Opinion: Looking for that new norm
When things change and circumstances evolve, what happens afterwards become known as the “new norm.”
After the suicide bombers’ terrorist attacks on the Pentagon and the World Trade Center Sept. 11, 2001 the acceleration in security at the nation’s airports became everyday life for air travelers. Those who travel frequently for work, crisscrossing the country as a part of their jobs, are forced to learn ways to make the experiences less time consuming.
These tactics include placing all metal objects in carry-on luggage while it goes through the x-ray machine. Many carry their identification card worn on a lanyard around their neck so it is readily available when presented to the various security and airline personnel.
If time is of the essence, waiting in line at the carousel for checked baggage to arrive is time consuming. Travel light and use a carry-on is the best advice.
There was a time when families and friends could gather near the gate to welcome or say farewell to passengers.
The last time I flew to Nashville the public was prohibited from proceeding any further down the gangway than the outer gate.
If these additional procedures stop even one terrorist from planting a bomb on the airliner it is worth the inconvenience.
The masses are often punished for the actions of the few.
It is the same with gun control laws. Taking weapons away from law-abiding citizens makes about as much sense as practicing birth control because your neighbor has too many children.
The three-day waiting (or cooling-off) period has been in effect in California for many years.
Background checks including the review of one’s mental health history have been discussed. People suffering from depression could be prohibited from purchasing weapons for fear they might turn the gun on themselves or on whomever is the cause of their depression.
Many people who commit suicide do so because they are in pain, sometimes physically, sometimes emotionally. They might choose a permanent solution to what could be a temporary situation. It would seem they give little consideration to the many people they leave behind.
The recognized five stages of grief are denial, anger, bargaining, depression and finally acceptance.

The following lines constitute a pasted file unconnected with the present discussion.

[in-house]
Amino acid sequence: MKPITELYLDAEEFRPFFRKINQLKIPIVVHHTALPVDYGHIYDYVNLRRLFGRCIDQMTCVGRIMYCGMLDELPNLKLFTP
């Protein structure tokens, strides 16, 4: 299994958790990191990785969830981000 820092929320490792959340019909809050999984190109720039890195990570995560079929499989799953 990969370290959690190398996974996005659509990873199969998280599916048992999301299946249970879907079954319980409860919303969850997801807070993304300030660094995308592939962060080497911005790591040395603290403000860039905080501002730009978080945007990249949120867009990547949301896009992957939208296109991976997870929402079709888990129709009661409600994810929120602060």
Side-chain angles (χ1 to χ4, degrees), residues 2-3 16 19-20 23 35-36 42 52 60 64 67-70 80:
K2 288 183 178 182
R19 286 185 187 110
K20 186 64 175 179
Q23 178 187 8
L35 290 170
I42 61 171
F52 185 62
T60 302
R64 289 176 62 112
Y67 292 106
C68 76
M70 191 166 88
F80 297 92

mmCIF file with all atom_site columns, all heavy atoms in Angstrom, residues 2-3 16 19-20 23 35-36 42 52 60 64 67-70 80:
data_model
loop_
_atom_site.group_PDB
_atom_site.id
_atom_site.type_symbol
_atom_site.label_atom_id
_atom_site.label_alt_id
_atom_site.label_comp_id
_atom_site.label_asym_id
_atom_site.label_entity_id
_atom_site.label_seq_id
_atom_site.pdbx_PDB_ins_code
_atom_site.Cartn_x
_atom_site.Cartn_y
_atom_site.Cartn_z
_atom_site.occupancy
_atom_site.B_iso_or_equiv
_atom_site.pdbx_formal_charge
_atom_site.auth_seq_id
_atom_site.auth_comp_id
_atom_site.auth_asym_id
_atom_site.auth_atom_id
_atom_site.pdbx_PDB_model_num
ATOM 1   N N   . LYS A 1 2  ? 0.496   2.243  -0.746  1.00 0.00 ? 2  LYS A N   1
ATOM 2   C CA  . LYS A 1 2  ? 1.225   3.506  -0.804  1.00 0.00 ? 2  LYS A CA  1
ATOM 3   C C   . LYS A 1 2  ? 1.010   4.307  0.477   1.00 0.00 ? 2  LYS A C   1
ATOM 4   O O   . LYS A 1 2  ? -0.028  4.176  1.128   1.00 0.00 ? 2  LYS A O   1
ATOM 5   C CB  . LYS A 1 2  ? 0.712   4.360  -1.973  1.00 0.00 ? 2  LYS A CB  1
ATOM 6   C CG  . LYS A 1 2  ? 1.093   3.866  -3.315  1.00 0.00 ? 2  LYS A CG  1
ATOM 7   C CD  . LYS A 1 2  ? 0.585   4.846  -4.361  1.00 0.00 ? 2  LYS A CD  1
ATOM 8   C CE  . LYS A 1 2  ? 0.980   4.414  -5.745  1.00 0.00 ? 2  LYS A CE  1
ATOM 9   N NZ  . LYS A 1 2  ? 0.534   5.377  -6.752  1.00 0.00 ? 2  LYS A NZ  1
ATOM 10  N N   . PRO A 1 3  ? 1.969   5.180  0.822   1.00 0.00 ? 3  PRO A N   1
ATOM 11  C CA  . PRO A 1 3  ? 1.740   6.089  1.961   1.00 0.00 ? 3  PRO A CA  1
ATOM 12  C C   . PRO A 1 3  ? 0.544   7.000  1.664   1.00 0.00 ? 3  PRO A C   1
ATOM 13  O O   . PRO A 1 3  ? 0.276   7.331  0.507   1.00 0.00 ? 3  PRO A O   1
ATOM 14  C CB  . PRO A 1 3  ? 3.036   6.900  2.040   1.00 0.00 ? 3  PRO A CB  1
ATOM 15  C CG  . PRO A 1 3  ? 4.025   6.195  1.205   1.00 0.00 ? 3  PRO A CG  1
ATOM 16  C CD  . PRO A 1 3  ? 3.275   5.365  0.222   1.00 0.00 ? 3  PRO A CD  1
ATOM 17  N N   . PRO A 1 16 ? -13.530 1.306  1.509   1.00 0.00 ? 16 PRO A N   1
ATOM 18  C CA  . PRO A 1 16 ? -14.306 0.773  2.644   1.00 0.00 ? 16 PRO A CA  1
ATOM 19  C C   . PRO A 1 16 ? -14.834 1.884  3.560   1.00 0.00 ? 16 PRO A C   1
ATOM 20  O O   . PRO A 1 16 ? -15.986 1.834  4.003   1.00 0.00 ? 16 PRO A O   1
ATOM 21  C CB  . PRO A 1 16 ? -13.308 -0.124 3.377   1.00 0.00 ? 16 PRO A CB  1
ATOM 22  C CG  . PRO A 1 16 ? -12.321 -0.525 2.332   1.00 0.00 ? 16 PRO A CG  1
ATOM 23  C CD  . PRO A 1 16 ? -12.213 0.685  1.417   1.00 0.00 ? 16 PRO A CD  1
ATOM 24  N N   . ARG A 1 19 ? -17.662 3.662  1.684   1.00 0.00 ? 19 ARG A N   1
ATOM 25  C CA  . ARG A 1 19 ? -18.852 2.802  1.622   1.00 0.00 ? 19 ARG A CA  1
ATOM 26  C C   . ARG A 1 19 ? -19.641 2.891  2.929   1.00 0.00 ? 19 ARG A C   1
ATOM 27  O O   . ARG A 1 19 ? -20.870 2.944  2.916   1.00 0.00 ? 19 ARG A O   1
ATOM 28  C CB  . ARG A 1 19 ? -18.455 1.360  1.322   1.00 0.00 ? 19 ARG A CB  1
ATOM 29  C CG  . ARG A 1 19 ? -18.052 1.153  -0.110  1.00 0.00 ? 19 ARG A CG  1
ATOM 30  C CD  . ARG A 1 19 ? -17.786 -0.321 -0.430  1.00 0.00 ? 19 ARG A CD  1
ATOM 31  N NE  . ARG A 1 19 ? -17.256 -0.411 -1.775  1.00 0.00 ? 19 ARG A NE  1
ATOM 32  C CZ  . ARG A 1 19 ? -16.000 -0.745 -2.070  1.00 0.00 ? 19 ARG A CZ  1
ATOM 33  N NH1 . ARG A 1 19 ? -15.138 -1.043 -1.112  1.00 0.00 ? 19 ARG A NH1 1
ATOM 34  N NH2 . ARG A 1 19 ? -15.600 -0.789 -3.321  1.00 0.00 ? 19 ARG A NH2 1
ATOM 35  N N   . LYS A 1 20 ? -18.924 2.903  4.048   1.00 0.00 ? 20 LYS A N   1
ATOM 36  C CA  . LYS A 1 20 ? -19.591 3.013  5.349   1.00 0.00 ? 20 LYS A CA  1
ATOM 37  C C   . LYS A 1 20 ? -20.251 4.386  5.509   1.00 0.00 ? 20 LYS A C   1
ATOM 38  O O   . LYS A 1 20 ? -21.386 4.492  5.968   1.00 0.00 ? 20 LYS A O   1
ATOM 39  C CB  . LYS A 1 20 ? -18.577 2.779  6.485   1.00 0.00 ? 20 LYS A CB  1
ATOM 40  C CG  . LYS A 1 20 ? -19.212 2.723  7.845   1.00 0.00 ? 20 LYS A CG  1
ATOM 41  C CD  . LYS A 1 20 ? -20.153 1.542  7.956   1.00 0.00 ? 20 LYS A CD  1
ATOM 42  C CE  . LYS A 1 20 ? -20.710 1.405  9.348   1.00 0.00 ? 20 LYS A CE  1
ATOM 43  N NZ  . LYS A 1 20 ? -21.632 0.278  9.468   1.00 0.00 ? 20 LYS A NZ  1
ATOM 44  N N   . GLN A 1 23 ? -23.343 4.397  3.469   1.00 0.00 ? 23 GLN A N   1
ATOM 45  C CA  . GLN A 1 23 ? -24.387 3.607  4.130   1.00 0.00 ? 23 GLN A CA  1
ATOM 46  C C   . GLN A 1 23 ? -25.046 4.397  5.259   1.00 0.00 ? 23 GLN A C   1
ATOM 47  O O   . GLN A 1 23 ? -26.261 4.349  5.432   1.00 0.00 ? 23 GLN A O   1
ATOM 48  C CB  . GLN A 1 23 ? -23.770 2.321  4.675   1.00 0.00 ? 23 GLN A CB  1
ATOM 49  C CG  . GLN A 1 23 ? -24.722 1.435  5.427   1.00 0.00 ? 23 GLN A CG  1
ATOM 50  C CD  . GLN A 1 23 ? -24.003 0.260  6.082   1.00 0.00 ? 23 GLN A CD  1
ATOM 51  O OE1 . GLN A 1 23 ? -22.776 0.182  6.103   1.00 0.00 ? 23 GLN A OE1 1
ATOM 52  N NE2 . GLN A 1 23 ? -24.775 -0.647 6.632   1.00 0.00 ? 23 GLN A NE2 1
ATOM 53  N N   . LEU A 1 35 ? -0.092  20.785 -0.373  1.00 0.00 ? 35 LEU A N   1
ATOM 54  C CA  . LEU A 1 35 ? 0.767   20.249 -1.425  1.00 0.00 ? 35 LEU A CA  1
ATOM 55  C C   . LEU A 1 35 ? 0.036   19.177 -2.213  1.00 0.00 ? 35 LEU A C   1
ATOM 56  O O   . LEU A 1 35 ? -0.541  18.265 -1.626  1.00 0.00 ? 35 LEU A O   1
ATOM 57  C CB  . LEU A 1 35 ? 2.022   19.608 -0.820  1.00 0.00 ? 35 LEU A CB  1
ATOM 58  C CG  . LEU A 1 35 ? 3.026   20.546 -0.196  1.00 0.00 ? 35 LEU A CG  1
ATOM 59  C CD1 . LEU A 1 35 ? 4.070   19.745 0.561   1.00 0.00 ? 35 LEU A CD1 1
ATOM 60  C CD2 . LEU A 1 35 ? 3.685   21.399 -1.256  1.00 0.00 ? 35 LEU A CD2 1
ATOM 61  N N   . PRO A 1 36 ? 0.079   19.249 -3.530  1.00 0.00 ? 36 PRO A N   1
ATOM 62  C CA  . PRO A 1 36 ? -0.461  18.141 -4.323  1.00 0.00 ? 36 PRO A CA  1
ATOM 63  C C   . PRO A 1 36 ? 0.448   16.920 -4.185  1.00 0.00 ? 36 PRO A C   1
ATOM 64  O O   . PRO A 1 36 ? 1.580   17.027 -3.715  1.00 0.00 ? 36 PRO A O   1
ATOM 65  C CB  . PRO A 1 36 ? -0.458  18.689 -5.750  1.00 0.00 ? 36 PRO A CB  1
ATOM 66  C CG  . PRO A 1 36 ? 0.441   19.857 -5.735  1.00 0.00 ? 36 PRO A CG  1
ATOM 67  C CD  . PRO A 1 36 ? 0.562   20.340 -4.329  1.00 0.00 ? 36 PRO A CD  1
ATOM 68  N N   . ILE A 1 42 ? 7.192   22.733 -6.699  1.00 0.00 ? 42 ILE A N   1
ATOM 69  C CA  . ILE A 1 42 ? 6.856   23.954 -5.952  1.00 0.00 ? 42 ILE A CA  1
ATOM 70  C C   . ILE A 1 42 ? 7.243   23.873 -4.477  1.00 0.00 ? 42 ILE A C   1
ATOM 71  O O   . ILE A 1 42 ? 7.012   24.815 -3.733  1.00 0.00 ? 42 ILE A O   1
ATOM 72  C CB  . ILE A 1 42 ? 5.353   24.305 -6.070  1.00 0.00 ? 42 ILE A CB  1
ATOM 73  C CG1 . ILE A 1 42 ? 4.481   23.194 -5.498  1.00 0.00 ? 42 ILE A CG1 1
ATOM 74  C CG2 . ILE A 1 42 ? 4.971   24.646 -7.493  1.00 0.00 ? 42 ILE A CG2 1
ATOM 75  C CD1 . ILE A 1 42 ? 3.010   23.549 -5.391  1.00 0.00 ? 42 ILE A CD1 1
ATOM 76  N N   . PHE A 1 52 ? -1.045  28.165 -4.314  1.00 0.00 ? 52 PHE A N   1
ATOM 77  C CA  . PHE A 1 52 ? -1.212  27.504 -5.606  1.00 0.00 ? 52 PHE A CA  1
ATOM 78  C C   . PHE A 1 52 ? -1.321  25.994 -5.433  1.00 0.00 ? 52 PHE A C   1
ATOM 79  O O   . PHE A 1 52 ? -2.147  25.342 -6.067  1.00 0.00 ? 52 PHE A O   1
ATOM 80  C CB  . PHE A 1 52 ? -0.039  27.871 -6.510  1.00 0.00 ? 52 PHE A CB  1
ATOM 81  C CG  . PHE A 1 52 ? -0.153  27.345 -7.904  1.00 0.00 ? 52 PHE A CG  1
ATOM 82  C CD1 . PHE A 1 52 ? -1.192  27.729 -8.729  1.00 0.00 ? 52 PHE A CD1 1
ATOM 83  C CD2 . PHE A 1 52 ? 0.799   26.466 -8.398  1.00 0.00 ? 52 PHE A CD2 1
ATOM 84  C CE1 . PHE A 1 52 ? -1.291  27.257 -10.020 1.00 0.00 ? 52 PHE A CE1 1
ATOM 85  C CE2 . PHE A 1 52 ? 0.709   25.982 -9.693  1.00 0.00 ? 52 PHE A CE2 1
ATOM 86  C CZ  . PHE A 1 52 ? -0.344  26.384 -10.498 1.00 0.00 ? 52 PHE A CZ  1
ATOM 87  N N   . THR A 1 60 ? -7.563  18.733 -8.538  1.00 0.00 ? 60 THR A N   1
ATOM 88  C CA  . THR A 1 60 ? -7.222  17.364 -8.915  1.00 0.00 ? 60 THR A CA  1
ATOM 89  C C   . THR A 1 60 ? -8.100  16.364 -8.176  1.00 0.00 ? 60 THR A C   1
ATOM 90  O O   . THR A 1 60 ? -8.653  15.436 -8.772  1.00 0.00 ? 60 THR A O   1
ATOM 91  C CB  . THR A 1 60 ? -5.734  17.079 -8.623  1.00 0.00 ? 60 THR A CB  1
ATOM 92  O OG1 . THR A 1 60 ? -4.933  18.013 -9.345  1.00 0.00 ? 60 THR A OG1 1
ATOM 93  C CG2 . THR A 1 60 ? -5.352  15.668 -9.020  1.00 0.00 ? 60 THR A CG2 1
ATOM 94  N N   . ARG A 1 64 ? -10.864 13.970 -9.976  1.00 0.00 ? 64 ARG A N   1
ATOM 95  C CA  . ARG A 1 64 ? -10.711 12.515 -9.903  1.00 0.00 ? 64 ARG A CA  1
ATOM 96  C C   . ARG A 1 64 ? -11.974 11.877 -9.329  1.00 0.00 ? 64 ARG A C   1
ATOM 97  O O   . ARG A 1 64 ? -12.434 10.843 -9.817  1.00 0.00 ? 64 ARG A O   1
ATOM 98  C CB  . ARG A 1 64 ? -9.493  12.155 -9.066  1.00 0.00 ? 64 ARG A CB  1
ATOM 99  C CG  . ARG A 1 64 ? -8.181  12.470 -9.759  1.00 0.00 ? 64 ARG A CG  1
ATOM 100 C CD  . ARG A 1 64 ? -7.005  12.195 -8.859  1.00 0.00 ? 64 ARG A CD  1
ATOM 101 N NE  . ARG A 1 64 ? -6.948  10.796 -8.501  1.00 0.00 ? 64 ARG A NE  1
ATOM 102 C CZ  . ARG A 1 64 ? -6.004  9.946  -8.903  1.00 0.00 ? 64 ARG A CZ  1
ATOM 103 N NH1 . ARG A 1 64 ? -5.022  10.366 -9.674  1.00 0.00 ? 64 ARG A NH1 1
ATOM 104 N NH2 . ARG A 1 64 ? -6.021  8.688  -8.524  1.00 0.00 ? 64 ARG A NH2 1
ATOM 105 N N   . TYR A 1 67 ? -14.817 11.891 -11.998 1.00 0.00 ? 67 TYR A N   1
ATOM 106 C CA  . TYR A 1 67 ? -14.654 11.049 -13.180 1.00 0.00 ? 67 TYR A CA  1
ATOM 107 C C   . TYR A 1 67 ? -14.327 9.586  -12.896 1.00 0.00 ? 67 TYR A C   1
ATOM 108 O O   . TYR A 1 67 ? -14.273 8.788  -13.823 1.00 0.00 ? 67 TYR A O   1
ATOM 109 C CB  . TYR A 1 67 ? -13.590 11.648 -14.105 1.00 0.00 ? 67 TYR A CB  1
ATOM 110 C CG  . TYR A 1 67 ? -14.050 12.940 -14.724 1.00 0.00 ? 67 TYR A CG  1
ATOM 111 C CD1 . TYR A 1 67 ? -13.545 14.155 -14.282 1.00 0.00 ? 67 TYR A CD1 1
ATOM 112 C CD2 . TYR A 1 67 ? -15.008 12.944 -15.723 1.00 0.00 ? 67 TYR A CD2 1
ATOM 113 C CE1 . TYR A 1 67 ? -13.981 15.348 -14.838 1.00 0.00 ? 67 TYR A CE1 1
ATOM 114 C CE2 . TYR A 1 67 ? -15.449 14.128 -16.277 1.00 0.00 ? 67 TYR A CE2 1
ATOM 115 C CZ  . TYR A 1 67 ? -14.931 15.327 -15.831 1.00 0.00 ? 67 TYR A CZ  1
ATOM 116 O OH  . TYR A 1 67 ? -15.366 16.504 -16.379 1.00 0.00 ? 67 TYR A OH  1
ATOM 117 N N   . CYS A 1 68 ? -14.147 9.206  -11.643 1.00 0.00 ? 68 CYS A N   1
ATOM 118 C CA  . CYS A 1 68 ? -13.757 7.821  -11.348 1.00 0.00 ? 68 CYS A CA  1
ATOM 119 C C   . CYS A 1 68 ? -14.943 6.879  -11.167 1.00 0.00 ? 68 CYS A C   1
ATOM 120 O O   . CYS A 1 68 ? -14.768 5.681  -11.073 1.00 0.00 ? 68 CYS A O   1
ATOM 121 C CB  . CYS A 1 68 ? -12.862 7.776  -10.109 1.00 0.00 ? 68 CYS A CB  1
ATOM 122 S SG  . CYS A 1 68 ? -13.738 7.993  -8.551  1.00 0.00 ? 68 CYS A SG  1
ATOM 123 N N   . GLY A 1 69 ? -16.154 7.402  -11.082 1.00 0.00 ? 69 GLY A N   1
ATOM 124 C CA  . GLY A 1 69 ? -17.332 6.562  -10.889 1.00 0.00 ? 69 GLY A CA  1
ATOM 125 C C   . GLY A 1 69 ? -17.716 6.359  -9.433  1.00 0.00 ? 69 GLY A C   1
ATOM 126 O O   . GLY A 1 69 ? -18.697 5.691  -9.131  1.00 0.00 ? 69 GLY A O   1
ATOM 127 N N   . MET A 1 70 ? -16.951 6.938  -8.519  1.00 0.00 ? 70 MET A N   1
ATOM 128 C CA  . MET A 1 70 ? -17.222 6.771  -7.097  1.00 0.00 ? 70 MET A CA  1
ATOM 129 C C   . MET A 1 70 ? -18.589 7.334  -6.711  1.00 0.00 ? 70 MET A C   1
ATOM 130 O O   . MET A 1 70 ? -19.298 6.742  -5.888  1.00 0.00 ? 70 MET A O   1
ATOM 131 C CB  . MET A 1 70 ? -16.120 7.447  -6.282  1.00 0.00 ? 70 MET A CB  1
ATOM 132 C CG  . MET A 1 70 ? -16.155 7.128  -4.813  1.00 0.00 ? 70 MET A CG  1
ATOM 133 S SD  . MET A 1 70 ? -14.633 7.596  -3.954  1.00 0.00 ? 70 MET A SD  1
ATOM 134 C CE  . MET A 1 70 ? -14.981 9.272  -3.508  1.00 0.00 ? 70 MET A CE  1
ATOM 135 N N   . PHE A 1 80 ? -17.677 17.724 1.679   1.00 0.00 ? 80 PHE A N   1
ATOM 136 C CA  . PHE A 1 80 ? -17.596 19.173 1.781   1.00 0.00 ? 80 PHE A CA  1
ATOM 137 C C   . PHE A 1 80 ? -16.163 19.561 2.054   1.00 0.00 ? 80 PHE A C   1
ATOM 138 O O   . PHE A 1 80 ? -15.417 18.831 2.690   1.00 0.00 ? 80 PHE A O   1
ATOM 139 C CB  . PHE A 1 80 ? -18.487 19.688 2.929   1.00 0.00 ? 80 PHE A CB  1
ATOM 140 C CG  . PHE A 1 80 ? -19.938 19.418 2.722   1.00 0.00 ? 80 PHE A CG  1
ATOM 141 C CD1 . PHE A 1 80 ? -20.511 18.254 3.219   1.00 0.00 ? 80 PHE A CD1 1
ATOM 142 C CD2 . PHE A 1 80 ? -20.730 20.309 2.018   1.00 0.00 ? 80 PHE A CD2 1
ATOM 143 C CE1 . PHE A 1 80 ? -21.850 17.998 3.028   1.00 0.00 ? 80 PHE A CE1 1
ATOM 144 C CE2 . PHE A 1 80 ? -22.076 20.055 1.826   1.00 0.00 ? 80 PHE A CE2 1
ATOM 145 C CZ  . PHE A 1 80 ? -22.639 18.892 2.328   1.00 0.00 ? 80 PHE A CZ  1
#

When a loved one dies the first of these come into play.
“Oh no, it can’t be. They had so much to live for,” is a universal lament. The second stage, anger as a way to cope with a sad situation, gives the mourner a release from the sorrow that envelops that spot in one’s heart where the dead still occupies. Next comes bargaining. “Please God don’t take my dear one away from me.” The final stage of grieving is acceptance. Eventually we must all accept that someone we loved deeply has travelled to the great beyond. Religion has its theory on what happens when this life is over.
Some believe in a glorious place in the clouds where there is no more pain. A place where we join all the people we love who have gone before us. Some also profess to believe in a burning place where a person is punished for all the terrible acts committed when alive.
I tend to believe the true after-death experience is somehow a combination of the two.
In John 14:6 the New Testament quotes Christ as having said “I am the way, the truth and the life: no man cometh unto the Father but by me.”
The cynically blasphemous me believes that telling his followers this story was a way to promote Christianity.
Sure you can get into heaven by being a generous person and serving your fellow man. Doesn’t sound like any of the parables I learned in Vacation Bible School.
Being a good person is important but so the religious folks believe there is church doctrine
The truth is no one alive knows what happens to us after that last heartbeat. Do we evaporate into nothing or as the mystics and psychics believe death is just the next step in life’s adventure.
If needed the phone number for the Suicide Prevention hotline is (800)-273-8255. Don’t embrace a permanent solution for what may well be temporary circumstances. Get help, if not for yourself, to save your loved ones from pain.
Long days and pleasant nights, and, have a great weekend.
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Readers may contact Tami Jo Nix by emailing firstname.lastname@example.org or following@TamiJoNix on Twitter.